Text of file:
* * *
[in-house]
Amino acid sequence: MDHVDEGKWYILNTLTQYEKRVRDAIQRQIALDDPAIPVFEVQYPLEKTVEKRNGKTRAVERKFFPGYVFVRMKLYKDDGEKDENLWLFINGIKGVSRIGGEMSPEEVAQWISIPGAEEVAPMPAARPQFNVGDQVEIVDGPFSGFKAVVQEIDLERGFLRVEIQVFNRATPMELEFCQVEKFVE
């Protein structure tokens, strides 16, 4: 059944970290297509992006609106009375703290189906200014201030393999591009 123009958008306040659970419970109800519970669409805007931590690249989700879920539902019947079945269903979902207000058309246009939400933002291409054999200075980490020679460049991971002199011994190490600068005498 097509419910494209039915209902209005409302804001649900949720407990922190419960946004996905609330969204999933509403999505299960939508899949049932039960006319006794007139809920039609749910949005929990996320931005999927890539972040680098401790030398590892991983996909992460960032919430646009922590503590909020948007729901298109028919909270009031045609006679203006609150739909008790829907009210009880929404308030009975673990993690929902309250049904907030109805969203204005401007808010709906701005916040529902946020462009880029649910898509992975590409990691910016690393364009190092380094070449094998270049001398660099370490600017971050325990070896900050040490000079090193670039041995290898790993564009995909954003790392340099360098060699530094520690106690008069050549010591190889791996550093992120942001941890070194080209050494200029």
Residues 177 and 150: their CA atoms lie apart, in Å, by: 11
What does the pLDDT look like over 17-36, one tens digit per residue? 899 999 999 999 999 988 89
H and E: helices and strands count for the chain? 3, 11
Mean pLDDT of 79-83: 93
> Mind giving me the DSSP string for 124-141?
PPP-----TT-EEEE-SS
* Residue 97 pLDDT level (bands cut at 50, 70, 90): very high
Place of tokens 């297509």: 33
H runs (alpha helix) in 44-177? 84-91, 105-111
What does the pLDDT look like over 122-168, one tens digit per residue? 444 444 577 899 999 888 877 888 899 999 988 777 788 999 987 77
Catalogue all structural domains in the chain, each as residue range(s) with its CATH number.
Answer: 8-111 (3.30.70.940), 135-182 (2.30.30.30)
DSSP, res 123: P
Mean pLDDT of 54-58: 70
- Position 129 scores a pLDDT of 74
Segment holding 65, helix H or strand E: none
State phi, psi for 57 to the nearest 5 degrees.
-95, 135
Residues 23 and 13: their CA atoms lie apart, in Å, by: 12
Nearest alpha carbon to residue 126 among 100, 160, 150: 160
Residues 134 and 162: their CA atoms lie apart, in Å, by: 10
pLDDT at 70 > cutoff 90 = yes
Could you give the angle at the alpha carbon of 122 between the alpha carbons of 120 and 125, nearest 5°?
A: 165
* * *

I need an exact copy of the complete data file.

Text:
[in-house]
Amino acid sequence: MDHVDEGKWYILNTLTQYEKRVRDAIQRQIALDDPAIPVFEVQYPLEKTVEKRNGKTRAVERKFFPGYVFVRMKLYKDDGEKDENLWLFINGIKGVSRIGGEMSPEEVAQWISIPGAEEVAPMPAARPQFNVGDQVEIVDGPFSGFKAVVQEIDLERGFLRVEIQVFNRATPMELEFCQVEKFVE
């Protein structure tokens, strides 16, 4: 059944970290297509992006609106009375703290189906200014201030393999591009 123009958008306040659970419970109800519970669409805007931590690249989700879920539902019947079945269903979902207000058309246009939400933002291409054999200075980490020679460049991971002199011994190490600068005498 097509419910494209039915209902209005409302804001649900949720407990922190419960946004996905609330969204999933509403999505299960939508899949049932039960006319006794007139809920039609749910949005929990996320931005999927890539972040680098401790030398590892991983996909992460960032919430646009922590503590909020948007729901298109028919909270009031045609006679203006609150739909008790829907009210009880929404308030009975673990993690929902309250049904907030109805969203204005401007808010709906701005916040529902946020462009880029649910898509992975590409990691910016690393364009190092380094070449094998270049001398660099370490600017971050325990070896900050040490000079090193670039041995290898790993564009995909954003790392340099360098060699530094520690106690008069050549010591190889791996550093992120942001941890070194080209050494200029």
Residues 177 and 150: their CA atoms lie apart, in Å, by: 11
What does the pLDDT look like over 17-36, one tens digit per residue? 899 999 999 999 999 988 89
H and E: helices and strands count for the chain? 3, 11
Mean pLDDT of 79-83: 93
> Mind giving me the DSSP string for 124-141?
PPP-----TT-EEEE-SS
* Residue 97 pLDDT level (bands cut at 50, 70, 90): very high
Place of tokens 């297509």: 33
H runs (alpha helix) in 44-177? 84-91, 105-111
What does the pLDDT look like over 122-168, one tens digit per residue? 444 444 577 899 999 888 877 888 899 999 988 777 788 999 987 77
Catalogue all structural domains in the chain, each as residue range(s) with its CATH number.
Answer: 8-111 (3.30.70.940), 135-182 (2.30.30.30)
DSSP, res 123: P
Mean pLDDT of 54-58: 70
- Position 129 scores a pLDDT of 74
Segment holding 65, helix H or strand E: none
State phi, psi for 57 to the nearest 5 degrees.
-95, 135
Residues 23 and 13: their CA atoms lie apart, in Å, by: 12
Nearest alpha carbon to residue 126 among 100, 160, 150: 160
Residues 134 and 162: their CA atoms lie apart, in Å, by: 10
pLDDT at 70 > cutoff 90 = yes
Could you give the angle at the alpha carbon of 122 between the alpha carbons of 120 and 125, nearest 5°?
A: 165